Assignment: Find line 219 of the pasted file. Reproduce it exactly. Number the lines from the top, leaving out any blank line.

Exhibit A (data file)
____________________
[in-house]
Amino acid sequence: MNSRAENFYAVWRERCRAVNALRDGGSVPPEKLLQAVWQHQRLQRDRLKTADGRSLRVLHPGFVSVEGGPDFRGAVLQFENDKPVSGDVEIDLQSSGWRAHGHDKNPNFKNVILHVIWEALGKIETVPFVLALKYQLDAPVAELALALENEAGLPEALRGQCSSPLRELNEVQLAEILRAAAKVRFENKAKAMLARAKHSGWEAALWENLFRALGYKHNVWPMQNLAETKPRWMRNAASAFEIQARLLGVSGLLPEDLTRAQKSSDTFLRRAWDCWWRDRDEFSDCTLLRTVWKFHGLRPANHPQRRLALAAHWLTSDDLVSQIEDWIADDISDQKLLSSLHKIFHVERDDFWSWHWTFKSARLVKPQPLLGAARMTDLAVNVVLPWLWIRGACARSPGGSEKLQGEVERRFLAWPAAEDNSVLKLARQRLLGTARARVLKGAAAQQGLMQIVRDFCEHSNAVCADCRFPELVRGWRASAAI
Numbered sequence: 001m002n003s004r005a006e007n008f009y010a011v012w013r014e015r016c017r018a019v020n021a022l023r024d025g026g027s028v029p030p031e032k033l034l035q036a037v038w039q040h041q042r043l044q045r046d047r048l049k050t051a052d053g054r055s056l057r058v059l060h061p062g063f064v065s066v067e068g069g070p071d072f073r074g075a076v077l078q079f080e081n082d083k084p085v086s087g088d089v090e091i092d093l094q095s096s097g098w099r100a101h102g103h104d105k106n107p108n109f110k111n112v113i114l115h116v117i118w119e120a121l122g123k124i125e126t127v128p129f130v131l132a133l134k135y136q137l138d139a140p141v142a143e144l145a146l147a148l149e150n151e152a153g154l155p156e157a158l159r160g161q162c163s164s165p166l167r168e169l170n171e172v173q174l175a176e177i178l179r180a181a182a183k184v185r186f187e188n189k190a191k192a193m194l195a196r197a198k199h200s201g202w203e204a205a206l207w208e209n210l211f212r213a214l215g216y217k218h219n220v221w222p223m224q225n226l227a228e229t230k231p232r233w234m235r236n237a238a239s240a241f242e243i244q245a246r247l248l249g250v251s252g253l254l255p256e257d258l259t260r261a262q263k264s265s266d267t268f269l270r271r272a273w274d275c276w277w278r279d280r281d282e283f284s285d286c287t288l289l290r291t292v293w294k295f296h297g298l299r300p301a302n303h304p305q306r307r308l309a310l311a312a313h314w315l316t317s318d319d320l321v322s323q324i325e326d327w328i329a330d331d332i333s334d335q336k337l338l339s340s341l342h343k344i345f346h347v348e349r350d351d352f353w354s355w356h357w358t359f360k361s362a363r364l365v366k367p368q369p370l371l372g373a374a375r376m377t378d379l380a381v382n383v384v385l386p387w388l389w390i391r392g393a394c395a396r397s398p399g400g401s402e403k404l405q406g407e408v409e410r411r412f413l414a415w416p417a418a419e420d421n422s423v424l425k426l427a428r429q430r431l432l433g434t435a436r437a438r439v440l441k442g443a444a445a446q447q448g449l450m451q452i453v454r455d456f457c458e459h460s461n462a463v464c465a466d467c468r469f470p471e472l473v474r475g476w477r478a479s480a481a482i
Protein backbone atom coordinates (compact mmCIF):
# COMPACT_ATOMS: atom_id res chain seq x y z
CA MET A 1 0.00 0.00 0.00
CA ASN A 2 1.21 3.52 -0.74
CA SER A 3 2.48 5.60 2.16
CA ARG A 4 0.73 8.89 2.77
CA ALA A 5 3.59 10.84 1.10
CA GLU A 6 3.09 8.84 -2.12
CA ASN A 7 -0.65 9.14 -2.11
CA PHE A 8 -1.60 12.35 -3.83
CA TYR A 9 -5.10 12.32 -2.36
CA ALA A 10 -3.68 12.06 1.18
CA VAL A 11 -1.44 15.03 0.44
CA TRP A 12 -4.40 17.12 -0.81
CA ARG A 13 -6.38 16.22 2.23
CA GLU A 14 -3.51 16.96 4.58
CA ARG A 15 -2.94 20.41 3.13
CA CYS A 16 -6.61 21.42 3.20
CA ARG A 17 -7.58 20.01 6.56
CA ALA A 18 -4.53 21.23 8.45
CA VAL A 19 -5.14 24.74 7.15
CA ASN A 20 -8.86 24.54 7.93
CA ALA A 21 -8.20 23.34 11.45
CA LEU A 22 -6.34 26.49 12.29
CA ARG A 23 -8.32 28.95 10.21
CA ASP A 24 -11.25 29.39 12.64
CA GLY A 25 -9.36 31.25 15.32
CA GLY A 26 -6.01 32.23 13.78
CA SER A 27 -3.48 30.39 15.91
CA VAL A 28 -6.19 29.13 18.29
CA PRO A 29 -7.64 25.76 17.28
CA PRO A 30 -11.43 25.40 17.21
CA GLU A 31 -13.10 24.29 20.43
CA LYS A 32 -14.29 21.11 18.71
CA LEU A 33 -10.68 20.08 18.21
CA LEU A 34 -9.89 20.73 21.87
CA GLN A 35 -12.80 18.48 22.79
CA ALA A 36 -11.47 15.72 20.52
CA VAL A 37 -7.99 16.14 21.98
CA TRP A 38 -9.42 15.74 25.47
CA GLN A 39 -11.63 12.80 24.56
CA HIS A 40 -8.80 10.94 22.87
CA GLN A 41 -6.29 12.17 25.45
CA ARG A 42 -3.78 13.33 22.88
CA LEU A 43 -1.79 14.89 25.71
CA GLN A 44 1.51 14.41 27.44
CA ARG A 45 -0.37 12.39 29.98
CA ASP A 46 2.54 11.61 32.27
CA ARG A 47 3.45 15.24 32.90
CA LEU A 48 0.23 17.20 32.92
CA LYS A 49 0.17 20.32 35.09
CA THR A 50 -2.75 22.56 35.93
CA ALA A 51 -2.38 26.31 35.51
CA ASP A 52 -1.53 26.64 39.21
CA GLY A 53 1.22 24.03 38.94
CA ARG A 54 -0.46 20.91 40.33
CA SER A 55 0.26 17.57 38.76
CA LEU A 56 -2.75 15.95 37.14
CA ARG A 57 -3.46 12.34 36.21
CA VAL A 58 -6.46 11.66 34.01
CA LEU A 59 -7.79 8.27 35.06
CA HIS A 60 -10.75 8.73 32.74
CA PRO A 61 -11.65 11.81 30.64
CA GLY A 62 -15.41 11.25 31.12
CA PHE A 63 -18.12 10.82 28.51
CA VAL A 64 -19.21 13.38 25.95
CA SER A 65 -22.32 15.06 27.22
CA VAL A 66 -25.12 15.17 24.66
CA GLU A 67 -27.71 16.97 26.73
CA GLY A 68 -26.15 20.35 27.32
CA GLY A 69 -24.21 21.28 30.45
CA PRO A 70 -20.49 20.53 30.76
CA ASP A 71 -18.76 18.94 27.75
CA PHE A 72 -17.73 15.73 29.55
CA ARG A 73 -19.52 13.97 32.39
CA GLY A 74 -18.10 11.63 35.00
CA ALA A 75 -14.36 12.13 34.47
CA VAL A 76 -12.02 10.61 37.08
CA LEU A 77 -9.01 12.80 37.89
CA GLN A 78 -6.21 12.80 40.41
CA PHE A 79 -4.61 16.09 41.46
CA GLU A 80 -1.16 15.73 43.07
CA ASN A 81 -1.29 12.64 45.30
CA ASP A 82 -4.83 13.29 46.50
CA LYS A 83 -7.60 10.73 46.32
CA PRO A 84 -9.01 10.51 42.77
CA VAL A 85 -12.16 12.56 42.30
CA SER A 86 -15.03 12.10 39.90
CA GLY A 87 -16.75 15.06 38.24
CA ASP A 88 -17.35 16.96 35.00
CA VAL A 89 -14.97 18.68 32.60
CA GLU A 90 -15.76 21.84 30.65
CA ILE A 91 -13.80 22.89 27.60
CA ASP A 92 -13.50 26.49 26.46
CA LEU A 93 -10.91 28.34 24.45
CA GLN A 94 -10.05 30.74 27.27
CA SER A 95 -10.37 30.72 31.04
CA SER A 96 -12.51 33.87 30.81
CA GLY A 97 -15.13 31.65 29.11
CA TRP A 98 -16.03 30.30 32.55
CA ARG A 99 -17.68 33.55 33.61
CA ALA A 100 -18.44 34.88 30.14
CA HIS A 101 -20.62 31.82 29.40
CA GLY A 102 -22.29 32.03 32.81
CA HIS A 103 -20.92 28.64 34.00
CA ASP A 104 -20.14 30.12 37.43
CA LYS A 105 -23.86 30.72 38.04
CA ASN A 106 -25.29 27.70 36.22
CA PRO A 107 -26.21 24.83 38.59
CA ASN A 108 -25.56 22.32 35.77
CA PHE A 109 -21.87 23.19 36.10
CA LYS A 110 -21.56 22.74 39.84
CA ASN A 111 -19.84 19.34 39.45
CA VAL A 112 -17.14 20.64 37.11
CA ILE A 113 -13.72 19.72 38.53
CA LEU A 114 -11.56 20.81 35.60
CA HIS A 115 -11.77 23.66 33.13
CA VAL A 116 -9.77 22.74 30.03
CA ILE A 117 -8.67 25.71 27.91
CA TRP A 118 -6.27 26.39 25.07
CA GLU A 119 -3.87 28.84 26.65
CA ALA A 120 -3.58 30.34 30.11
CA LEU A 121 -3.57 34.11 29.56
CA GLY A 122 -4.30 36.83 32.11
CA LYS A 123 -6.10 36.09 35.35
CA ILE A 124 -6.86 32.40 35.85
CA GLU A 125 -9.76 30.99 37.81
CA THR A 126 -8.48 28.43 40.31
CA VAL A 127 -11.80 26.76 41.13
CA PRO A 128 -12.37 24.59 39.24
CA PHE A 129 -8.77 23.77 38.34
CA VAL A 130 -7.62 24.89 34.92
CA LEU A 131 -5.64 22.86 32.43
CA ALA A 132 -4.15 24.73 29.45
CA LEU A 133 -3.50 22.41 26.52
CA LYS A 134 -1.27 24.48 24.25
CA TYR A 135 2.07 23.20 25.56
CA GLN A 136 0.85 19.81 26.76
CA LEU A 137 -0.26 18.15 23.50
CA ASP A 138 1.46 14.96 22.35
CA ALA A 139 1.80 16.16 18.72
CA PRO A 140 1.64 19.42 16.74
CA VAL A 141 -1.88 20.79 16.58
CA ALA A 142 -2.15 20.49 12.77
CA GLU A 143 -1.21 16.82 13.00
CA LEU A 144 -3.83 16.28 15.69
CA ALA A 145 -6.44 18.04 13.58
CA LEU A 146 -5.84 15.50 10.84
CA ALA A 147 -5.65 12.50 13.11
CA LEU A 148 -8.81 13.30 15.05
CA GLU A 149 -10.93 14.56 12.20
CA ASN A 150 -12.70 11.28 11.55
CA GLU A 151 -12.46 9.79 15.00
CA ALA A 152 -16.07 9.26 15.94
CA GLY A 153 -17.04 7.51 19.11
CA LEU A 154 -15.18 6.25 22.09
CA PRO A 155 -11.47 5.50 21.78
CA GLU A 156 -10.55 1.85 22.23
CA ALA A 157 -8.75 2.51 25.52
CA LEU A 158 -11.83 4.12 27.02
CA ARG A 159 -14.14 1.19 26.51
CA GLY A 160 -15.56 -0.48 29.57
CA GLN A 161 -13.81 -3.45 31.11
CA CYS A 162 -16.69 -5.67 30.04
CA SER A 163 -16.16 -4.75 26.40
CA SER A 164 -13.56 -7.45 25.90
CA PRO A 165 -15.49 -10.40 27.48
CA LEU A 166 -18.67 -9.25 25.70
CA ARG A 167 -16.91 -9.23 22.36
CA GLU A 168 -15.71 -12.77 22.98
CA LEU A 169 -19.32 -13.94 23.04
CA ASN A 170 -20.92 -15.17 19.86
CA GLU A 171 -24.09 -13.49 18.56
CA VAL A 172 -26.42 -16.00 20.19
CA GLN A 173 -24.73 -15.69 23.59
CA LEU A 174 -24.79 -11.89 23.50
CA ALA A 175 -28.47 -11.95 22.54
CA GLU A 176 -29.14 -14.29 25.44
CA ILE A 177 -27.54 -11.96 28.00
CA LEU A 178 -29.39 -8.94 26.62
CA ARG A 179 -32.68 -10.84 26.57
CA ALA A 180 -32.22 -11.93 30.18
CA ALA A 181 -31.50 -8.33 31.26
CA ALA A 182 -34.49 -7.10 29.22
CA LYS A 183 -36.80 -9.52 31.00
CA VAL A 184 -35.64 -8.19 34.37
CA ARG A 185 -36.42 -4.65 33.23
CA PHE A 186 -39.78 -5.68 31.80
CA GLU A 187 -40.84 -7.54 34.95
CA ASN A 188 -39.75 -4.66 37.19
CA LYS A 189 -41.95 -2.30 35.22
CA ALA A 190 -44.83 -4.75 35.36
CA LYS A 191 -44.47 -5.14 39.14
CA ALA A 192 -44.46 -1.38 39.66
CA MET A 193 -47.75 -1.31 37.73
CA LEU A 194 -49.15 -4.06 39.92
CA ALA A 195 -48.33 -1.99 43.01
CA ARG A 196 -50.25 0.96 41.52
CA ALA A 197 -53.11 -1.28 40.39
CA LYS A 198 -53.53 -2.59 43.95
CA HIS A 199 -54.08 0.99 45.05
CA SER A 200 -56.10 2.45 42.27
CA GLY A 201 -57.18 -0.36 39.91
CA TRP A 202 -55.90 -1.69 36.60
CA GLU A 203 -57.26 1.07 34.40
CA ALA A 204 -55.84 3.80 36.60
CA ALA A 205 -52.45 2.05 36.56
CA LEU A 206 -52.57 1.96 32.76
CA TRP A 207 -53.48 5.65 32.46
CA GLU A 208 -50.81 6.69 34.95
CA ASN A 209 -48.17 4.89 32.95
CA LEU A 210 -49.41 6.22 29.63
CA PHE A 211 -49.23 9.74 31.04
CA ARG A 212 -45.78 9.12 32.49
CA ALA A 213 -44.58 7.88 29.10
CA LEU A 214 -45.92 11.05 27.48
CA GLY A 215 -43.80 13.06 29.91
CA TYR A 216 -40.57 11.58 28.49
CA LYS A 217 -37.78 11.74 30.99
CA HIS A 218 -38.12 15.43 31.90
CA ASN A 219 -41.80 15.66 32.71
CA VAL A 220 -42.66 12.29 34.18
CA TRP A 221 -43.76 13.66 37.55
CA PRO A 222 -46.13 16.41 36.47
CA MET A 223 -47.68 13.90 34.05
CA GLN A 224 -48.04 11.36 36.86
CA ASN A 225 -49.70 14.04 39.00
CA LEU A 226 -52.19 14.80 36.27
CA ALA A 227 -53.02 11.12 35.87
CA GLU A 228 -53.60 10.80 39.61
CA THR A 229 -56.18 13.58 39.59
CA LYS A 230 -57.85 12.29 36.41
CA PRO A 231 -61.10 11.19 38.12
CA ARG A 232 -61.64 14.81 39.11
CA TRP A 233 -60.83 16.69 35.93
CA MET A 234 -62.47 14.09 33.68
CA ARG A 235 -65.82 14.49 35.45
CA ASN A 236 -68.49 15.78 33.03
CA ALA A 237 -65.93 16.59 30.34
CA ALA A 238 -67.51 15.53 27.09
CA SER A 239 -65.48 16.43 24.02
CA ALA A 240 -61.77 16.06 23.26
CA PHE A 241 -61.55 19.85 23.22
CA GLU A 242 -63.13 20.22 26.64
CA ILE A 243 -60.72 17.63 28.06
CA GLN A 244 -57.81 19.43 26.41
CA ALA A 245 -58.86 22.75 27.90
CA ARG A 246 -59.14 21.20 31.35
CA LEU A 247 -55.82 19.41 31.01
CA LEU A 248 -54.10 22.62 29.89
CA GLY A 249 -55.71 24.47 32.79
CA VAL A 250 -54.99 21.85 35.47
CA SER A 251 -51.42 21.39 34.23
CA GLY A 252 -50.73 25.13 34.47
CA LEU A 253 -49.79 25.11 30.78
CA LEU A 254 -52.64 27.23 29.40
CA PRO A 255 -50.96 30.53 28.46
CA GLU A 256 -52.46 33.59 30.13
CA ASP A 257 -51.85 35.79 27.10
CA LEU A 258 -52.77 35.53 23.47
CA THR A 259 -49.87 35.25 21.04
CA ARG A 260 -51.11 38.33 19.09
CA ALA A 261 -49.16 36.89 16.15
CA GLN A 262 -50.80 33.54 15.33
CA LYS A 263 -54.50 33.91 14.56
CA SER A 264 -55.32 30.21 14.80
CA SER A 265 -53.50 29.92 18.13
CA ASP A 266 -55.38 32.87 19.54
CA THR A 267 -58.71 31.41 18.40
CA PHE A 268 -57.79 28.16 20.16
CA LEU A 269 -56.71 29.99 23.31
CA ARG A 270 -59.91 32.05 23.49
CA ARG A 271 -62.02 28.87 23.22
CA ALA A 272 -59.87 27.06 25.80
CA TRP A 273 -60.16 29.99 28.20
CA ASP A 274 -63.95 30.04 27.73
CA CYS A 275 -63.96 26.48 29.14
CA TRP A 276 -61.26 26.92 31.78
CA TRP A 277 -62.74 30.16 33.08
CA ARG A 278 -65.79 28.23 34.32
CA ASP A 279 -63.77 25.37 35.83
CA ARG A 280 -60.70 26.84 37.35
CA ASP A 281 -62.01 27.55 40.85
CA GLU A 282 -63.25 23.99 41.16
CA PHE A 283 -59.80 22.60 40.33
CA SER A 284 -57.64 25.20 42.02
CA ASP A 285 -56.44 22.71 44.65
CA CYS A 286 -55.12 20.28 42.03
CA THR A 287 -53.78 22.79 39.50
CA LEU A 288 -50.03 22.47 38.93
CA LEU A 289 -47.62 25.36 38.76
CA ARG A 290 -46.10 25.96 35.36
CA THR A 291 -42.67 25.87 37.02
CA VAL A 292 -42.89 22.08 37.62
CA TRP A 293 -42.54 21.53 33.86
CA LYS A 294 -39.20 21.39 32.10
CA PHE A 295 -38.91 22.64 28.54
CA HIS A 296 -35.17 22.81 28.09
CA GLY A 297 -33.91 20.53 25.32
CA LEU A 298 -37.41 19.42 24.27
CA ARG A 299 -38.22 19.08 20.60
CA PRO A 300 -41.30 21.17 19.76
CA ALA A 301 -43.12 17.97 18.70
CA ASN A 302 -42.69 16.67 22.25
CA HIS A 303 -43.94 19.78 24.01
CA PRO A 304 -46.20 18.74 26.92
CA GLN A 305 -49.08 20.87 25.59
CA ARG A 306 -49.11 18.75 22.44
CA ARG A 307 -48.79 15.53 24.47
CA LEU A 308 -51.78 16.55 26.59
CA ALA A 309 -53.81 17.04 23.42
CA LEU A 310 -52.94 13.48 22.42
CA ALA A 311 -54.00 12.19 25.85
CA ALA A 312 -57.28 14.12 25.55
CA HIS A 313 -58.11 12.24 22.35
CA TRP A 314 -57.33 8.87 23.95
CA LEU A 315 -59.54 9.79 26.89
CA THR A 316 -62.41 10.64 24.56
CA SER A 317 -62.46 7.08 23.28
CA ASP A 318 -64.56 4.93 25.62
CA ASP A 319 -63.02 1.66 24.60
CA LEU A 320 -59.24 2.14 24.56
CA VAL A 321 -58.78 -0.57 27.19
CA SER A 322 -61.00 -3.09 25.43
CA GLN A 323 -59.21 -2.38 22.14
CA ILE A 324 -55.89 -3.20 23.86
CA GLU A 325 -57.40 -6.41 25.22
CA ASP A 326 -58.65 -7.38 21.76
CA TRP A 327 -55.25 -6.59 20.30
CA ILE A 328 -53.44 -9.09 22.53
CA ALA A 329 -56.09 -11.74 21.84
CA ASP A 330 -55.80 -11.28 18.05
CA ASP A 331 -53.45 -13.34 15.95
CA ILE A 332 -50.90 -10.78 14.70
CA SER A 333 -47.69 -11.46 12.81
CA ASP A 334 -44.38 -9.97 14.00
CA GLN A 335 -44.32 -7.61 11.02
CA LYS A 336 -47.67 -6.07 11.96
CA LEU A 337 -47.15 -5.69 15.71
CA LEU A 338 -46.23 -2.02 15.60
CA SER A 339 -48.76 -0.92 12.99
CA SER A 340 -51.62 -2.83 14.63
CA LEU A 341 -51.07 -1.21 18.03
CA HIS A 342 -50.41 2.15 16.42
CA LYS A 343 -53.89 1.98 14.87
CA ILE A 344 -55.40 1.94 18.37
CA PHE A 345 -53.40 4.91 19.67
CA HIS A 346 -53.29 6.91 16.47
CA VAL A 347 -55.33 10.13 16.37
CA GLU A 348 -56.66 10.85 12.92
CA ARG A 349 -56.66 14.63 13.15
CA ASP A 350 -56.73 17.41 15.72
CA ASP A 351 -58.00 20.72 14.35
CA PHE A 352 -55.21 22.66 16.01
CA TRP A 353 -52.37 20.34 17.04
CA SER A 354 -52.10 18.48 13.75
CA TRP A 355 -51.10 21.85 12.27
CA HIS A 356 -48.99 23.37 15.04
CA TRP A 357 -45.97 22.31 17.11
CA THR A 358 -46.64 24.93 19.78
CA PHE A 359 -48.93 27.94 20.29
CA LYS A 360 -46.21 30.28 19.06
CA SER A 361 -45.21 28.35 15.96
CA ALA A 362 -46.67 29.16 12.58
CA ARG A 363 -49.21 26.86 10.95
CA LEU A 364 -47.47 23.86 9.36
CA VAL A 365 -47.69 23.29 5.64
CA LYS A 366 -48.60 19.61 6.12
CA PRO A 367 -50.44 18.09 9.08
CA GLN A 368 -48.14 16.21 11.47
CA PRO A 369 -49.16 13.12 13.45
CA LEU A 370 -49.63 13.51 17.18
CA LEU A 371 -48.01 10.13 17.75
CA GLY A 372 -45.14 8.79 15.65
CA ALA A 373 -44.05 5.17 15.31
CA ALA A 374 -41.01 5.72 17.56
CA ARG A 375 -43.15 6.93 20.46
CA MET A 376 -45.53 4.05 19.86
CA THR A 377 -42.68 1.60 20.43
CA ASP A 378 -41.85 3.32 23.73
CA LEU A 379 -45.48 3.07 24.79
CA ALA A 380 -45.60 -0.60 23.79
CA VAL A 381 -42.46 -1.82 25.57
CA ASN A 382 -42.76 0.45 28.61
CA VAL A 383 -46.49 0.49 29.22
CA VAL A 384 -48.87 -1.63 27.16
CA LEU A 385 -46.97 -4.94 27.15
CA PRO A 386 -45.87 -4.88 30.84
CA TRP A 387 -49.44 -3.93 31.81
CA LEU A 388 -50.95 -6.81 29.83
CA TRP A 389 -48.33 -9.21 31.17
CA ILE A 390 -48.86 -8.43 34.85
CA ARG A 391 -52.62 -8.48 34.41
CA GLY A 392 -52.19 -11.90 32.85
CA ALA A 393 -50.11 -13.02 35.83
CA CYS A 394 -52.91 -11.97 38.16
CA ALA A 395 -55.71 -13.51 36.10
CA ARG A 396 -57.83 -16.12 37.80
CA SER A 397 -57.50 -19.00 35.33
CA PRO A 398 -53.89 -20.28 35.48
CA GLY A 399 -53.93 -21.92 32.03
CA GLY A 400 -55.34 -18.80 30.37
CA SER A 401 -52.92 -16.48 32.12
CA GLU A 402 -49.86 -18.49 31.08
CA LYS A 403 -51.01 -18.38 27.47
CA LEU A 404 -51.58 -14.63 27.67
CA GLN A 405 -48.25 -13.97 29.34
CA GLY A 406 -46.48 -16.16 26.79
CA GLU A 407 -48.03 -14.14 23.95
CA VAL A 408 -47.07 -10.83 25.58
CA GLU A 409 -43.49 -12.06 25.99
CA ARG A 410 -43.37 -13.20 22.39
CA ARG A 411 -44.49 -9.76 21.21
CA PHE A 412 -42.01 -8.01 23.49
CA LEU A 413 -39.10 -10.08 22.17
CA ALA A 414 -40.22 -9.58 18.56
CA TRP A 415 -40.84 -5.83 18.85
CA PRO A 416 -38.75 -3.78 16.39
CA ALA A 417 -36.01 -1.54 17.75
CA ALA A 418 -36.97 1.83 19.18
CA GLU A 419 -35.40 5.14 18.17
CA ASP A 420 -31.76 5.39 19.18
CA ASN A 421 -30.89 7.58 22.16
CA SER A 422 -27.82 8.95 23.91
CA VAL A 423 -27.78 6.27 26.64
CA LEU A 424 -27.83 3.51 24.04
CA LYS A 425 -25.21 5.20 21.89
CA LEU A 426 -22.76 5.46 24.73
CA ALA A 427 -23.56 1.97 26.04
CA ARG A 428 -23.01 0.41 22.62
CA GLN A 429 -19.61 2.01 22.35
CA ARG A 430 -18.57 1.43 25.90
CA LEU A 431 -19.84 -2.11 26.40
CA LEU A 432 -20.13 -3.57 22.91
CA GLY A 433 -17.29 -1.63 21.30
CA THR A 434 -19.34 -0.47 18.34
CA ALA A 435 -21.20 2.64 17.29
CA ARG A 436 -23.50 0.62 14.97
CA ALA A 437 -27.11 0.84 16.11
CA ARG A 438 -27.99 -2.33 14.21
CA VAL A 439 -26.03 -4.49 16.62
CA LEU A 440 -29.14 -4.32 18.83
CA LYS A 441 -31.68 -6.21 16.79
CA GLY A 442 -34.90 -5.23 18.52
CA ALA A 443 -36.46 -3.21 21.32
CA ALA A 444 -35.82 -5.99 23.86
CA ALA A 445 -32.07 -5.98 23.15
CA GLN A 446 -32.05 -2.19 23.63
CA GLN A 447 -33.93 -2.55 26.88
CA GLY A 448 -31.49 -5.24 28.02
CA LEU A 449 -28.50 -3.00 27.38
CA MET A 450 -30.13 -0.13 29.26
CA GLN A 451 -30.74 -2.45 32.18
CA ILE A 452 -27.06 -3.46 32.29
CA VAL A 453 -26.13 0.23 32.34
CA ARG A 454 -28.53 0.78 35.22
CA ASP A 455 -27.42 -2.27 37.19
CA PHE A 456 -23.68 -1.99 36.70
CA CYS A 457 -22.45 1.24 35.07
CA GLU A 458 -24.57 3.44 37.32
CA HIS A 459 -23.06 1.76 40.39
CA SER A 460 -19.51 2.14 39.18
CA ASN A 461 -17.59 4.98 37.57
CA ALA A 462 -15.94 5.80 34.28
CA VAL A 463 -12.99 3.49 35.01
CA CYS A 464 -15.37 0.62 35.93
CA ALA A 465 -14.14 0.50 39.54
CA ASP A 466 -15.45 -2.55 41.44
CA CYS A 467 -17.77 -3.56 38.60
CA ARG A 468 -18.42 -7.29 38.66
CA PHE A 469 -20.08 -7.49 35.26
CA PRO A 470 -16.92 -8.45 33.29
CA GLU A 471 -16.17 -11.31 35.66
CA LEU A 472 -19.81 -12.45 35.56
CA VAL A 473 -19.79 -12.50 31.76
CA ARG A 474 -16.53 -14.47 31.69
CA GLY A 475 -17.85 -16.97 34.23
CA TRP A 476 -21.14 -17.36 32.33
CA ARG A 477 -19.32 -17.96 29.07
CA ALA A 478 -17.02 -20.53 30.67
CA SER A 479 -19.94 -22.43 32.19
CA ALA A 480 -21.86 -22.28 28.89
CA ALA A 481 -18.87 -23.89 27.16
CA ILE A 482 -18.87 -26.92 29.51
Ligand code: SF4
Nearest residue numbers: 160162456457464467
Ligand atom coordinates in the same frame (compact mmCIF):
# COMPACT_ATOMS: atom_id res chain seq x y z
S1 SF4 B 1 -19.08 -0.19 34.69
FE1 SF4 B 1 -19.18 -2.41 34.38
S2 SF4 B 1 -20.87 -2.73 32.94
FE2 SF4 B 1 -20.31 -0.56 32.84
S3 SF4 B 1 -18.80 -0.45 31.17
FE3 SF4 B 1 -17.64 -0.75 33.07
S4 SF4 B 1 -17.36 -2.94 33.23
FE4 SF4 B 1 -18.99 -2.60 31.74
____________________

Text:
CA LEU A 214 -45.92 11.05 27.48